This review has been hidden because it contains spoilers. To view it, click here. Please note that my thoughts on this book contain spoilers. Well, those of you who read my thoughts on books will know that I absolutely LOVE it when a book contains racism, discrimination and misogyny. Let me tell you...this was a heady mixture of all three. I don't even know where to start with this book. There were so many things that pissed me off. I nearly stopped reading it several times, but it was like a massive multi-car pile up on the highway. I couldn't stop myself from rubbernecking. Le Please note that my thoughts on this book contain spoilers. Well, those of you who read my thoughts on books will know that I absolutely LOVE it when a book contains racism, discrimination and misogyny. Let me tell you...this was a heady mixture of all three. I don't even know where to start with this book. There were so many things that pissed me off. I nearly stopped reading it several times, but it was like a massive multi-car pile up on the highway. I couldn't stop myself from rubbernecking. Let's start with this question: Who the hell is this book even about?? We start out following the life of Li-Xia from the date of her birth. We grow up with her and experience her tribulations until some crazy bitches try to kill her and she's rescued by the gorgeous Benjamin Devereaux. It's at this point that the story turns really romancey. (This is the point where I almost put it down the first time.) Yes, she's devastatingly beautiful and she wants to be a scholar. Great, you're thinking. Smart and beautiful is good. And it is, however, even the smartest and most beautiful women have flaws. Not Li-Xia. She's freaking perfect. Did I also mention that her new husband is also fabulously rich? So she gets the opportunity to use her newly found wealth to revisit people who have wronged her but she doesn't take pleasure in letting them see her success. She doesn't gloat at all. She's far too noble for that. So then she gets pregnant (and this part is going to be super spoilerific, just so you know) and everything is fantastic until she gets a visit from her husband's arch-enemy one night while he's out. He rapes her and disfigures her face with acid and leaves her for her husband to find after telling her that he'll be back to kill her child after it turns 3 years old. This brings on labour and she ends up giving birth to her daughter (WHO IS ACTUALLY THE RED LOTUS THE BOOK IS NAMED FOR) with the help of her maid. So then what does she do? What any of us would do, obviously. She gives the maid some money and her child and tells her to hide her somewhere and raise her. The maid leaves and Li-Xia bloody well jumps off the balcony to a watery death. I mean, let's face it, she's lost her looks. What good is she any more? Oh, and I forgot to mention that her motto is something like 'Run from no one'. (I can't remember what it is exactly and I can't be bothered to look through the book to find it.) But it's something to that effect, yet she's too embarrassed to let her husband see her so she abandons her child to the fates and offs herself. Way to stick to your credo. So here we are in the middle of the book with the main character dead. So now we accompany Red Lotus aka Siu-Sing as she grows up and blah blah blah. She's no smarter than her mother even though she's taught to read and write as well as martial arts. Her arch nemesis is a cripple who was cast out of his house when he was born because his foot was twisted and he's pissed off because she took his place as the disciple of this wise old guy. Her master warns her several times that the tiger (her nemesis) will try to sneak up on the crane (her) so she must always be vigilant. Her nemesis manages to catch her unaware EVERY TIME he confronts her further along in the story. Even at the final showdown. Yet she's meant to be more powerful than him. Wait. What...? Here, again, is a story where a woman's most powerful attribute is her beauty no matter how many other talents or skills she might have. This seems to happen all too often when men write from a female point of view. (I do realise that women tend to write men the way they would like them to be and that gets on my tits as well. That's just not the case in this instance.) The entire book also had the overlying theme that westerners are good and noble and that the Chinese are all scheming crooks who are going to try to cheat you. The good guys were either westerners, married to westerners or friendly with westerners. The bad guys were Chinese and Red Lotus's enemy was disabled. And my final problem with this book is that Red Lotus fell in love with a British officer for no reason other than he helped her one day when she was about to upchuck. After that they spent a lot of time together and her friend was like 'Oooooh, I can tell you really like him. You should have sex with him.' And she was all 'Yeah, he's dreamy. I totally will.' (Ok. Those are my words. But that was the gist.) So there you have it. Another book filled with beautiful but stupid women.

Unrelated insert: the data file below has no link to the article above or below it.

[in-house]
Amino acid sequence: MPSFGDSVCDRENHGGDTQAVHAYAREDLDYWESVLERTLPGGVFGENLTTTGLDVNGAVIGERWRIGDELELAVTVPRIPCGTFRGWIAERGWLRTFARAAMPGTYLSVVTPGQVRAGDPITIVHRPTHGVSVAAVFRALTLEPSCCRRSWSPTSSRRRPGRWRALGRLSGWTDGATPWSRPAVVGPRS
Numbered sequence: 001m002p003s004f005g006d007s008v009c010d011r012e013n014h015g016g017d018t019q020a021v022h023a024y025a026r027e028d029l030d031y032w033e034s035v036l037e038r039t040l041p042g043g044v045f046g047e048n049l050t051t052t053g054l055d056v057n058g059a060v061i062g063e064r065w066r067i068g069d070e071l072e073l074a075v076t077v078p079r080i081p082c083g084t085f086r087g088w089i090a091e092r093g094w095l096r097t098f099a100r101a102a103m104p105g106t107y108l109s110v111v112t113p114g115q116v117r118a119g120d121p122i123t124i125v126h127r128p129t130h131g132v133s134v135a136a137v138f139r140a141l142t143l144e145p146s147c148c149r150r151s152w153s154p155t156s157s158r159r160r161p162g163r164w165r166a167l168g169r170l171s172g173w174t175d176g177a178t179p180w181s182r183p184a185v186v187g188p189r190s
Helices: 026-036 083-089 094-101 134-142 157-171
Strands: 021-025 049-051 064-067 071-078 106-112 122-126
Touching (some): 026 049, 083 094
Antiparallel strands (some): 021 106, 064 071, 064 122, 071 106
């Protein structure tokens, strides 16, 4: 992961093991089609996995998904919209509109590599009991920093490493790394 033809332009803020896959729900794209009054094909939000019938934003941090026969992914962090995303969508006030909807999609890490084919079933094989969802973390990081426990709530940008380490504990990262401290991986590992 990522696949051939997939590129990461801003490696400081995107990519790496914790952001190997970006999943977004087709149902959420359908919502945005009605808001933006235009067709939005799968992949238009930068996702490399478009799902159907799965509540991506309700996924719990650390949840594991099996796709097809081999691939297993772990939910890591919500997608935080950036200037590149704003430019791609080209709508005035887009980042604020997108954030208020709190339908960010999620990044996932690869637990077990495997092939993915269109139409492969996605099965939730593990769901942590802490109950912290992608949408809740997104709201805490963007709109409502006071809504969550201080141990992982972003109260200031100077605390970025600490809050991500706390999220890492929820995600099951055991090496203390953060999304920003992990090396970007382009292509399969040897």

6. 4 out of 5